What Alimony Is and What Alimony Is Not in Utah – Part 4 of 4
It’s tempting to try to rationalize and justify an unfair alimony decision, either by paying too little or obtaining too much alimony. And it’s hard to say just exactly what is and is not affair alimony award. If you were permitted to try the same alimony case involving the same parties and the same facts in front of several different judges, you could and likely would get several differing—even potentially wildly differing—alimony awards. In my professional opinion, the best and fairest way to make the strongest and most persuasive alimony arguments is by basing them upon the Golden Rule (i.e., do as you would be done by). Conduct A scrupulously honest assessment of both your and your spouse’s incomes and expenses. If out of your income you can cover your expenses of the lifestyle to which you became accustomed during the marriage and have a surplus each month, and if your spouse cannot cover his/her expenses of the lifestyle to which he/she became accustomed during the marriage, then it is only fair that you pay some alimony.
Even when you are confronted with the situation where two cannot live more cheaply apart than they could under the same roof together, alimony might still be awarded under what is known in Utah as the “equalization of income” or “equalization of poverty” analysis:
Equalization of income, which “is perhaps better described as ‘equalization of poverty,’ ” is a trial court’s remedy for “those situations in which one party does not earn enough to cover his or her demonstrated needs and the other party does not have the ability to pay enough to cover those needs.” Sellers v. Sellers, 2010 UT App 393, ¶ 3, 246 P.3d 173. When this situation arises, the trial court must determine how to equitably allocate the burden of insufficient income that occurs when the resources that were sufficient to cover the expenses of a couple must now be stretched to accommodate the needs of two individuals living separately. Such a situation arose in this case where the parties had a combined $6,722 in monthly expenses that the trial court found reasonable and only $2,913 in net monthly income. The court attempted to equalize the parties’ poverty by setting alimony at a rate whereby they would each be “left with a monthly shortfall of approximately $1928” between their incomes and their expenses. This is not an unreasonable approach at a theoretical level. See generally Hansen v. Hansen, 2014 UT App 96, ¶ 4, 325 P.3d 864 (noting that the trial court equalized the parties’ standards of living by awarding alimony in a way that resulted in “each party having an equal monthly shortfall”); Kidd v. Kidd, 2014 UT App 26, ¶ 3, 321 P.3d 200 (noting that by “adding the parties’ monthly income” and “dividing that income in half,” then awarding the wife the difference between one-half the parties’ total income and her individual income, the trial court “intended to ensure that the shortfall in their ability to maintain the marital standard of living was equitably shared”).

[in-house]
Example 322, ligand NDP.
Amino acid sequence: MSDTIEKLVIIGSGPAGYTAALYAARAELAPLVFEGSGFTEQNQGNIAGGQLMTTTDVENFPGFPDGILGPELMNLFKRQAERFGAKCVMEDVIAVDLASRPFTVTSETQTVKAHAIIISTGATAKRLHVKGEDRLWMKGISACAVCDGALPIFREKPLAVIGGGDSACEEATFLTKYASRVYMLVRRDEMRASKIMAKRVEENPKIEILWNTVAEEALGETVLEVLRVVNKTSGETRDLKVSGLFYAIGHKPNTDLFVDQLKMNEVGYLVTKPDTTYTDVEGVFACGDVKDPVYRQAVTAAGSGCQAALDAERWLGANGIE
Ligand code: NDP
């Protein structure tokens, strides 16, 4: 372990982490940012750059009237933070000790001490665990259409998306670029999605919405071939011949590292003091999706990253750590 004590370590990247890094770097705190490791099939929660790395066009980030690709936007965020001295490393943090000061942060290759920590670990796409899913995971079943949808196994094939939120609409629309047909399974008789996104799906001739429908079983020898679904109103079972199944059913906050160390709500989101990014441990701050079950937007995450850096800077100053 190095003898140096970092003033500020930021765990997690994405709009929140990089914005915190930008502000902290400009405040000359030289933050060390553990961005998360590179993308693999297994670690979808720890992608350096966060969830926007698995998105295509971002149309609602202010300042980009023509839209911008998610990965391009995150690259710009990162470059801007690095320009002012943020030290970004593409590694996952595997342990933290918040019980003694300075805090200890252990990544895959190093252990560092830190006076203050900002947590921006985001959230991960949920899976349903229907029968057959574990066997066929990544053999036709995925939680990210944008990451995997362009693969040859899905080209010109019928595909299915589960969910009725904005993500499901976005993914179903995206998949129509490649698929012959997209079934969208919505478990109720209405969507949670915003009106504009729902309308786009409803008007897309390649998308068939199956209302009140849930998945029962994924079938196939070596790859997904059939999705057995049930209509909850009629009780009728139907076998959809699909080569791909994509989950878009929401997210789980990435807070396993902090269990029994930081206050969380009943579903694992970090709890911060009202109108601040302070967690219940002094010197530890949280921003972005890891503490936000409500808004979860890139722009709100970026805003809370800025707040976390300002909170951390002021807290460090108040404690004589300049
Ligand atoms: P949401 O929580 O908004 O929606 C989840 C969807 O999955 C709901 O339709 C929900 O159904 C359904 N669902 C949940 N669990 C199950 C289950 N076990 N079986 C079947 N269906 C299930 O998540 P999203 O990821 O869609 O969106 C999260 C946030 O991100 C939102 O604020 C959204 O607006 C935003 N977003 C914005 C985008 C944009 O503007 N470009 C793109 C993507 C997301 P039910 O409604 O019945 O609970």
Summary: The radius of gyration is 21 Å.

(Keyes v. Keyes, 351 P.3d 907, ¶ 39 (Utah Ct.App. 2015), 2015 UT App 114)
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